1211. Ge0rG


  1212. Ge0rG

    dwd: is there _still_ a reason for <fallback> not containing the namespace of the causing element?

  1213. dwd

    Ge0rG, I'm somewhat ambivalent to that - I don't know what a client/server would do differently.

  1214. dwd

    Ge0rG, But equally, it does no harm.

  1215. dwd

    Ge0rG, It'd be a good reason *not* to try to put this in Hints, though.

  1216. Ge0rG

    dwd: it could fetch the XEP that defines that namespace from the registry :P

  1217. dwd


  1218. dwd

    Sorry, don't know what came over me then.

  1219. Ge0rG

    dwd: who are you and what have you done to dwd?

  1220. Ge0rG

    with all the roster shenanigans, probably dwd got replaced by aliens.

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  1225. larma

    dwd, happened to have read my comment re partial fallback body?

  1226. Ge0rG

    larma: please don't add more complexity

  1227. pep_

    It does actually seem pretty useful though..

  1228. Ge0rG

    larma: I know it's sexy to put five different things into one message, but it makes everything more complicated

  1229. larma

    Ge0rG, if it's not in there it has to be somewhere else

  1230. Ge0rG

    pep_: it should be redefined in terms of fastenings.

  1231. larma

    So this is only for fastening, not for anything else?

  1232. dwd

    No, it's for everything where we're only using <body/> as a fallback.

  1233. Ge0rG

    larma: do you have a convincing use case for that?

  1234. pdurbin has left

  1235. larma

    Ge0rG, reply to

  1236. Ge0rG

    I think we need to revive https://xmpp.org/extensions/xep-0226.html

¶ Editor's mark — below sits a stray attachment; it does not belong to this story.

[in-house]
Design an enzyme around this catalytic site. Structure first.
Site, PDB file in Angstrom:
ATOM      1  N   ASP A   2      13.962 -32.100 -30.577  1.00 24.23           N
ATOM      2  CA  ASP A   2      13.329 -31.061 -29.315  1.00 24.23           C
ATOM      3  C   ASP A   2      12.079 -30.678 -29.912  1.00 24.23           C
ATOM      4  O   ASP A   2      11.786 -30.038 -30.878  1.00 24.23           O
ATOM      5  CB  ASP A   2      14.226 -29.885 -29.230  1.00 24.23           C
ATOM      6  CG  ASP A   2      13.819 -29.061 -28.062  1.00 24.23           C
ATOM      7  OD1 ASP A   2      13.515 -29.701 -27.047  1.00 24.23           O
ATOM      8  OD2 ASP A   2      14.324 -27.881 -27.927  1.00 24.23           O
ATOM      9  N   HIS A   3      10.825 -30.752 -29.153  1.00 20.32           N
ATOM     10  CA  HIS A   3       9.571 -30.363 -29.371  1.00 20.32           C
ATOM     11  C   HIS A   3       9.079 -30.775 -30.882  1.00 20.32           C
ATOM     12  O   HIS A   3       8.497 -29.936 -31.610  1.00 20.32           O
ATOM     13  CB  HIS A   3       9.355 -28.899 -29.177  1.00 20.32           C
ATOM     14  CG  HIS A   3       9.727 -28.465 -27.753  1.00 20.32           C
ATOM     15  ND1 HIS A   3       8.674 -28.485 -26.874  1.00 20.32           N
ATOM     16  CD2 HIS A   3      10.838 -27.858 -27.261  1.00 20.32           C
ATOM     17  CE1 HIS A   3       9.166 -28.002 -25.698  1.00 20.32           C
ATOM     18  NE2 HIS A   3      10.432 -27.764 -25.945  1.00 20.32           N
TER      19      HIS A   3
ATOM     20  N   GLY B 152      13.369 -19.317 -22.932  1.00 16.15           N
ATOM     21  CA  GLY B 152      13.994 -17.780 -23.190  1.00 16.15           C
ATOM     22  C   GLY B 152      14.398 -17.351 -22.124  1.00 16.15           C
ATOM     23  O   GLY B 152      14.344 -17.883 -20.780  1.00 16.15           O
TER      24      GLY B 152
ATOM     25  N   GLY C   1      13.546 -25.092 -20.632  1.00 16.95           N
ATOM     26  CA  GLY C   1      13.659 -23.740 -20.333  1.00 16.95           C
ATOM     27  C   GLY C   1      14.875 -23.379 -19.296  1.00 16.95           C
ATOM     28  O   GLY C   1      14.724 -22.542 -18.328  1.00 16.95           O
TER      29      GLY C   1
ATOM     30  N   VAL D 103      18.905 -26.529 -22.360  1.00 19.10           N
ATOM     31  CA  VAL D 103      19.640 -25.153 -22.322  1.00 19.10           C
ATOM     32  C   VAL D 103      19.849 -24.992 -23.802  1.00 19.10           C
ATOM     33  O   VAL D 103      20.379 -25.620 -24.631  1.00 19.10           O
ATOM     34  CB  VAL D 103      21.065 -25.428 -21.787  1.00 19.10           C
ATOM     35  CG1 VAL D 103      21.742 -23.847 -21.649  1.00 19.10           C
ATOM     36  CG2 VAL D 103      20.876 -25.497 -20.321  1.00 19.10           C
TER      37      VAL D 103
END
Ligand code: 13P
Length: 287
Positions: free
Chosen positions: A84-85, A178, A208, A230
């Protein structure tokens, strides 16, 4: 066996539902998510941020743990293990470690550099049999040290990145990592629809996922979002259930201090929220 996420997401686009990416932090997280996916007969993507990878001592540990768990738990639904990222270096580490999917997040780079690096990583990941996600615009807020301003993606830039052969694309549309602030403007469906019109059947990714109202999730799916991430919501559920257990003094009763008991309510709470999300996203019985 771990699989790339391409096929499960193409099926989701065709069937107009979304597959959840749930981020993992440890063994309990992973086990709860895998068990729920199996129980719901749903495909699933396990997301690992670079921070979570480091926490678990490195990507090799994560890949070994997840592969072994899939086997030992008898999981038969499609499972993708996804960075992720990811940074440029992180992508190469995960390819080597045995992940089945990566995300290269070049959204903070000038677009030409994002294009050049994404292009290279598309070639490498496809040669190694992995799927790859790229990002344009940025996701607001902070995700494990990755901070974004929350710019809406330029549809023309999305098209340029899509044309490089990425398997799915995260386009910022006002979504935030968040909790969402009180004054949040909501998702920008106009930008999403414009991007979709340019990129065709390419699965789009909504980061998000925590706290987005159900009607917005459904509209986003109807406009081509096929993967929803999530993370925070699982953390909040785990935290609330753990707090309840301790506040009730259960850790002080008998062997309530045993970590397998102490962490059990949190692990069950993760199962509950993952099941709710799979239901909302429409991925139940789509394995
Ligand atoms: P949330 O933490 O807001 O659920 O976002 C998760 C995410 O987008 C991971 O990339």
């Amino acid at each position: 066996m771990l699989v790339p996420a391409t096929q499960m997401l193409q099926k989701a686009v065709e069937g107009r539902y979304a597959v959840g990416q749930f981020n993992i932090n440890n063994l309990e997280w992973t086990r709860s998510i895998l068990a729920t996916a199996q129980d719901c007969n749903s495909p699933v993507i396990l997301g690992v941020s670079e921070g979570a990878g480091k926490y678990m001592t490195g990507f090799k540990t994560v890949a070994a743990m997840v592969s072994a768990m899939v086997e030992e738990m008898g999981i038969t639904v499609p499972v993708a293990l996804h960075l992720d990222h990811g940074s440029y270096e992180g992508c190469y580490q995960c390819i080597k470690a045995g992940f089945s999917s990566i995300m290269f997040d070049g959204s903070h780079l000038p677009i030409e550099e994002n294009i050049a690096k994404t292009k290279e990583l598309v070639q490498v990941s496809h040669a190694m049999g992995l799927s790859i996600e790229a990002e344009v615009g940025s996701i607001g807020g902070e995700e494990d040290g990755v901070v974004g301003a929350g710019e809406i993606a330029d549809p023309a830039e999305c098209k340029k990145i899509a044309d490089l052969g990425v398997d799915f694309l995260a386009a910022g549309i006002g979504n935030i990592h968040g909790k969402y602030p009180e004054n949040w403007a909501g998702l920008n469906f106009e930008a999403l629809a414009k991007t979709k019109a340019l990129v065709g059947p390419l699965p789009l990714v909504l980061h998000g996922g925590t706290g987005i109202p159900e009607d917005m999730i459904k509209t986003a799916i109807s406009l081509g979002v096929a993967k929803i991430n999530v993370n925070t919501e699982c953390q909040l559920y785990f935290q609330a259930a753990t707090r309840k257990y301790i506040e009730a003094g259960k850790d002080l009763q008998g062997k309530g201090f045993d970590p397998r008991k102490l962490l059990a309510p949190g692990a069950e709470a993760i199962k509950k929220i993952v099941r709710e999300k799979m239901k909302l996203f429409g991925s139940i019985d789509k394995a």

1237. Ge0rG

    larma: ah, right. Hm....

  1238. Ge0rG

    larma: what if we just ignore the problem of legacy clients showing a fallback body in a slightly awkward way?

  1239. larma

    Ge0rG, what do you mean?

  1240. dwd

    larma, Ah, that. Yeah, I figured that it'd be an all-or-nothing; I think something like you're proposing ought to be in one of our many markup/down/sideways things.

  1241. Ge0rG

    larma: I'm just thinking out loud. I suppose we'd have to add a new <reply> element that would contain just the body of the reply for that to work

  1242. dwd

    larma, But, mea culpa for not responding.

  1243. larma

    Ge0rG, I was thinking along those lines https://gist.github.com/mar-v-in/8f66872bb533f7e805fb174e341be992

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  1247. Ge0rG

    larma: yeah, I understand that. Would also work great for Reaction fallbacks :D

  1248. larma

    Ge0rG, you mean: we can explore if this would also work great for reactions fallbacks and then decide it doesn't 😀

  1249. larma

    but yeah, there are various things where it would be handy

  1250. Ge0rG

    larma: the question is: is it worth the added complexity?

  1251. larma

    If the complexity is not added to <fallback /> it would have to be added to reply-to or reply-to will not be backwards compatible

  1252. larma

    I don't like the third option really

  1253. larma

    alternatively we can have something else for that

  1254. dwd

    larma, It's what we have now.

  1255. dwd

    larma, By which I mean, I've just replied to you. And again here.

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  1259. larma

    dwd, I think we can also do this as an annotation mostly for fastenings, then both (what it is a fallback for and the begin/end thing) wouldn't be necessary

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  1261. larma

    It would still make sense to have the other thing though

  1262. larma

    but could be separated from each other

  1263. larma

    because my usecase is obviously completely unrelated to fastening